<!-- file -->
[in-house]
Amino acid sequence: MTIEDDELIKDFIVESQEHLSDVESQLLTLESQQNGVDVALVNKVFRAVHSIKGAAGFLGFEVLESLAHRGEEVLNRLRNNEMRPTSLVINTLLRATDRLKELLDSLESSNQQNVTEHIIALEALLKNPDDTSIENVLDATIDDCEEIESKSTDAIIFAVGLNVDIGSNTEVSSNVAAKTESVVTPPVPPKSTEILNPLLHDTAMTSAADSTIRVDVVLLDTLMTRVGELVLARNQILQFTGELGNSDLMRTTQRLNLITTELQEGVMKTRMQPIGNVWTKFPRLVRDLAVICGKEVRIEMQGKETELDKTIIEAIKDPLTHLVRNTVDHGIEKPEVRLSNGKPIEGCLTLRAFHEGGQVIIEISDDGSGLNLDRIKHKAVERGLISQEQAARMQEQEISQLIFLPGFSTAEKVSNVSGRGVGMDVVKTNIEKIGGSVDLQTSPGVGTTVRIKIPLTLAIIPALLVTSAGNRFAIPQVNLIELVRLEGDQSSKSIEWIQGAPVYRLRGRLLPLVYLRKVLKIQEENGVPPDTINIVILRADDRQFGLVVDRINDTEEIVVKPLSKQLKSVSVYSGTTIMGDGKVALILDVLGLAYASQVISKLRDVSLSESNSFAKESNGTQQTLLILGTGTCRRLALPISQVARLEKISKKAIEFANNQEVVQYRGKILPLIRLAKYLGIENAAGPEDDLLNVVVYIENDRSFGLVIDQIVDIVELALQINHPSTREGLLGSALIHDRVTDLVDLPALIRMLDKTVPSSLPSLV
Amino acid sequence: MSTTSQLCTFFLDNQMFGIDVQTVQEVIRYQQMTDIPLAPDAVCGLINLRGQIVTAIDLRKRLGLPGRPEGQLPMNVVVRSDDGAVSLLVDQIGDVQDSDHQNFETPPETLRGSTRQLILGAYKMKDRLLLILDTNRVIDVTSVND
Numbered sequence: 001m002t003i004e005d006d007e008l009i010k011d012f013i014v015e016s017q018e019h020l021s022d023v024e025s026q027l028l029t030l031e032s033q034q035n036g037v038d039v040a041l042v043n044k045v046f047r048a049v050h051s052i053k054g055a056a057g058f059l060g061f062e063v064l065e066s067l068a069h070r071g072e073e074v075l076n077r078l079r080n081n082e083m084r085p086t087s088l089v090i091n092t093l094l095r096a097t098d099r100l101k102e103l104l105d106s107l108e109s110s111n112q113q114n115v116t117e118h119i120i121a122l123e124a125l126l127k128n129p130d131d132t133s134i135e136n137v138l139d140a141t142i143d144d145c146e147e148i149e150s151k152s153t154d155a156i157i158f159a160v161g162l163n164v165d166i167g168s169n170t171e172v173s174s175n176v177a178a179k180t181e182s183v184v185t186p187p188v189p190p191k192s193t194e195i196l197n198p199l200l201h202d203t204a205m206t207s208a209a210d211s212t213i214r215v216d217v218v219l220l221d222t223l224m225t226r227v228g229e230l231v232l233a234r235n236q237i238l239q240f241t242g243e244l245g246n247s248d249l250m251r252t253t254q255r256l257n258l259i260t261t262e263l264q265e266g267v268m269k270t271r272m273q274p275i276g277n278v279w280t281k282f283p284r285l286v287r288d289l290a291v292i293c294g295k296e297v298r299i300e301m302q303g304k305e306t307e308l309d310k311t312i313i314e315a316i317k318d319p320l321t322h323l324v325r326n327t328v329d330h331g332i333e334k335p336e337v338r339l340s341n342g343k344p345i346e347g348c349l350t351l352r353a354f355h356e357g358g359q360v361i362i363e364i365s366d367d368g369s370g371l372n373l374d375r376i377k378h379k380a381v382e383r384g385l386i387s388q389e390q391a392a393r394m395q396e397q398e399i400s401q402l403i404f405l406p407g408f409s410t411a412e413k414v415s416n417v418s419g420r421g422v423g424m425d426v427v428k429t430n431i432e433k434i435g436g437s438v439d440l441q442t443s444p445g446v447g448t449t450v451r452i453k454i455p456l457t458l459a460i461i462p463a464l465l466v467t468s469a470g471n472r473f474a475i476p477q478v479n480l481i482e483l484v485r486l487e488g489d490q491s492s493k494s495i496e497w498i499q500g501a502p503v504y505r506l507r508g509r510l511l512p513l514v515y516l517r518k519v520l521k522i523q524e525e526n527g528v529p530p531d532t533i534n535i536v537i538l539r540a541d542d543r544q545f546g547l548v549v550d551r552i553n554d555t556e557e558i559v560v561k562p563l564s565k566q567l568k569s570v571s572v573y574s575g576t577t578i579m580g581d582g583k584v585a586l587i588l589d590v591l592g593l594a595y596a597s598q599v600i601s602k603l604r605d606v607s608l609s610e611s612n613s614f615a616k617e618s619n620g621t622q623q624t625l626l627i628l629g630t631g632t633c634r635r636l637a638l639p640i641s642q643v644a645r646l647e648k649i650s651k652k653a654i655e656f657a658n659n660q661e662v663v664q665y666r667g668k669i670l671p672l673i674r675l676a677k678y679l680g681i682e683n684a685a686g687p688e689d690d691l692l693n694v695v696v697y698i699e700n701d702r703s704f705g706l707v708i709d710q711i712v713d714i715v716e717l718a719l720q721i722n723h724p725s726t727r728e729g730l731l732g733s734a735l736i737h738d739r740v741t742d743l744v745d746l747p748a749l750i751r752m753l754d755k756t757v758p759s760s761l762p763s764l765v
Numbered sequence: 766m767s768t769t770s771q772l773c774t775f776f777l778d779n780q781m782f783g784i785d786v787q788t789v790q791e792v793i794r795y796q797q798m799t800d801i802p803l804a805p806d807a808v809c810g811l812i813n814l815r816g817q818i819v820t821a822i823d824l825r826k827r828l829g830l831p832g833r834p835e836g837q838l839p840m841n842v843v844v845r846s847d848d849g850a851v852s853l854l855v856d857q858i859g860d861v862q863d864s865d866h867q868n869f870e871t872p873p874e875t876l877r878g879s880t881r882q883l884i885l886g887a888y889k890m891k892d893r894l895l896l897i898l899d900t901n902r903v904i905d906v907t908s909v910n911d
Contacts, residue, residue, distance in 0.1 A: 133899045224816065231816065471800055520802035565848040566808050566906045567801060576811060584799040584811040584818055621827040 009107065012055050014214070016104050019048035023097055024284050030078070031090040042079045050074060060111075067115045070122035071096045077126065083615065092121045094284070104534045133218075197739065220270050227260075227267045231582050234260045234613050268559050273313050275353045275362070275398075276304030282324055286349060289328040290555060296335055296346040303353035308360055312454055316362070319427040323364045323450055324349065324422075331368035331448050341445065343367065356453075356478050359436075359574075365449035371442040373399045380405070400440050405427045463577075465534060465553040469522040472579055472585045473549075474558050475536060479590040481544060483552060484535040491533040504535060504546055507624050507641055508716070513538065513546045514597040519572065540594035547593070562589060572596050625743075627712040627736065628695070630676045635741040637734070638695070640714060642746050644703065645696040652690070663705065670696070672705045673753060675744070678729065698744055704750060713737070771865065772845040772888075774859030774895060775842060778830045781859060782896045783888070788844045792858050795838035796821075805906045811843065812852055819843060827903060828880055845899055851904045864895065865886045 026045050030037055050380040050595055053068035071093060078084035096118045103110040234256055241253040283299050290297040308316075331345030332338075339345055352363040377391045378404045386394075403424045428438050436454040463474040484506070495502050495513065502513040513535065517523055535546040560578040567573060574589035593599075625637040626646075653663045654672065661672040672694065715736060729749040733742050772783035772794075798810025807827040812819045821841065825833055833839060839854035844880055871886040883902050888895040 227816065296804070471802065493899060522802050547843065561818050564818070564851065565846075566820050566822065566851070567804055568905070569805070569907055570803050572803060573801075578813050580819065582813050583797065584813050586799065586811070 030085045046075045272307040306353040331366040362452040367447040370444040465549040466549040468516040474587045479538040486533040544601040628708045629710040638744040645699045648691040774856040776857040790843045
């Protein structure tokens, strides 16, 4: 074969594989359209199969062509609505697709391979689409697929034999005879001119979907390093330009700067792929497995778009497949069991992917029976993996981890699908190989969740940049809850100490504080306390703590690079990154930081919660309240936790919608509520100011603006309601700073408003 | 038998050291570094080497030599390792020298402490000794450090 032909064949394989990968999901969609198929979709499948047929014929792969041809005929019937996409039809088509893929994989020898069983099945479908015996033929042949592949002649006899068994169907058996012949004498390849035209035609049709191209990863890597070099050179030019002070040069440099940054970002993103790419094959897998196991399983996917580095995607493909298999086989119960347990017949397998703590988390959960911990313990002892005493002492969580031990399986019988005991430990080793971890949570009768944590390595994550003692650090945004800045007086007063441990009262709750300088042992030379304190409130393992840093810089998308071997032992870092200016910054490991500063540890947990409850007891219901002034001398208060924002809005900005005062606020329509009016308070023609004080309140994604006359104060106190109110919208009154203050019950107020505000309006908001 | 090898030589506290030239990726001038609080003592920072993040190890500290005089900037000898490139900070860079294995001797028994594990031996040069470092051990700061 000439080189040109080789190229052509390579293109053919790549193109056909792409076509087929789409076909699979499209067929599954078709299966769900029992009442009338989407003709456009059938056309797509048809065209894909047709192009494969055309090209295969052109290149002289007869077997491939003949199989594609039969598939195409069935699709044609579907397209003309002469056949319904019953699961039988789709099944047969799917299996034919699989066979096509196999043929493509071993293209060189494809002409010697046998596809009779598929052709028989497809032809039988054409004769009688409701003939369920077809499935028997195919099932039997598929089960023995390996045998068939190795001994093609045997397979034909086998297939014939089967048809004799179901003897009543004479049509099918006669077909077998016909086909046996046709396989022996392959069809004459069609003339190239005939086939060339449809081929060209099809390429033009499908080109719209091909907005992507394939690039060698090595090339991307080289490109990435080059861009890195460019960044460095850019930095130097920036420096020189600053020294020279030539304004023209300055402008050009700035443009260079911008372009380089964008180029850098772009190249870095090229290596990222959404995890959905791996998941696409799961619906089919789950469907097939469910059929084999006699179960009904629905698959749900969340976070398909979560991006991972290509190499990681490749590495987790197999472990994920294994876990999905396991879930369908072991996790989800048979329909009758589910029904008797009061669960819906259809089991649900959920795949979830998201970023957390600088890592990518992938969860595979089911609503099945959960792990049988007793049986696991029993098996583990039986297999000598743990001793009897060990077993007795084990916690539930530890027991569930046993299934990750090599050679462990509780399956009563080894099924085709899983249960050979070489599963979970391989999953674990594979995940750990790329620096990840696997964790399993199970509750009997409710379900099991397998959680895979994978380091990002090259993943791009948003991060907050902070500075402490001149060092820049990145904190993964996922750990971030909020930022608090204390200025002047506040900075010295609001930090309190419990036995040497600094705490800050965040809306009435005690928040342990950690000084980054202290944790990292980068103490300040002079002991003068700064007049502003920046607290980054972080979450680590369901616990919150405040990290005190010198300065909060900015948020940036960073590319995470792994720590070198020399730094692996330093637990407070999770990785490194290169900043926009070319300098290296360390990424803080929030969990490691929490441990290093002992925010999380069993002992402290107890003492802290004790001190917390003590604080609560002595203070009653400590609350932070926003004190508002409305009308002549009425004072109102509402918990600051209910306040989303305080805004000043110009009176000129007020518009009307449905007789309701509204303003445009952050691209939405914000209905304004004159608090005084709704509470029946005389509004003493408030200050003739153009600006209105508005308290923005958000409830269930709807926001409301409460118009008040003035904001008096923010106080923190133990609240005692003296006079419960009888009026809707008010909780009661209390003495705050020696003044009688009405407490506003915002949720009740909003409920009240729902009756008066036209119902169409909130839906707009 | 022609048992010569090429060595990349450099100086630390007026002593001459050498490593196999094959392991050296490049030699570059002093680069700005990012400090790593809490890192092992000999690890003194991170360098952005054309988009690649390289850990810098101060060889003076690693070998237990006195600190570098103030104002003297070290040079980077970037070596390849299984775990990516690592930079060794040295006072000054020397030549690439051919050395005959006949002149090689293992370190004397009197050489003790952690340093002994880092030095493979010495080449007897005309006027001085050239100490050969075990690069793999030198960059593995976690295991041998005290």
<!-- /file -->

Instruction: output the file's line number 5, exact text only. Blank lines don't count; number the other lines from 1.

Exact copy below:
Numbered sequence: 766m767s768t769t770s771q772l773c774t775f776f777l778d779n780q781m782f783g784i785d786v787q788t789v790q791e792v793i794r795y796q797q798m799t800d801i802p803l804a805p806d807a808v809c810g811l812i813n814l815r816g817q818i819v820t821a822i823d824l825r826k827r828l829g830l831p832g833r834p835e836g837q838l839p840m841n842v843v844v845r846s847d848d849g850a851v852s853l854l855v856d857q858i859g860d861v862q863d864s865d866h867q868n869f870e871t872p873p874e875t876l877r878g879s880t881r882q883l884i885l886g887a888y889k890m891k892d893r894l895l896l897i898l899d900t901n902r903v904i905d906v907t908s909v910n911d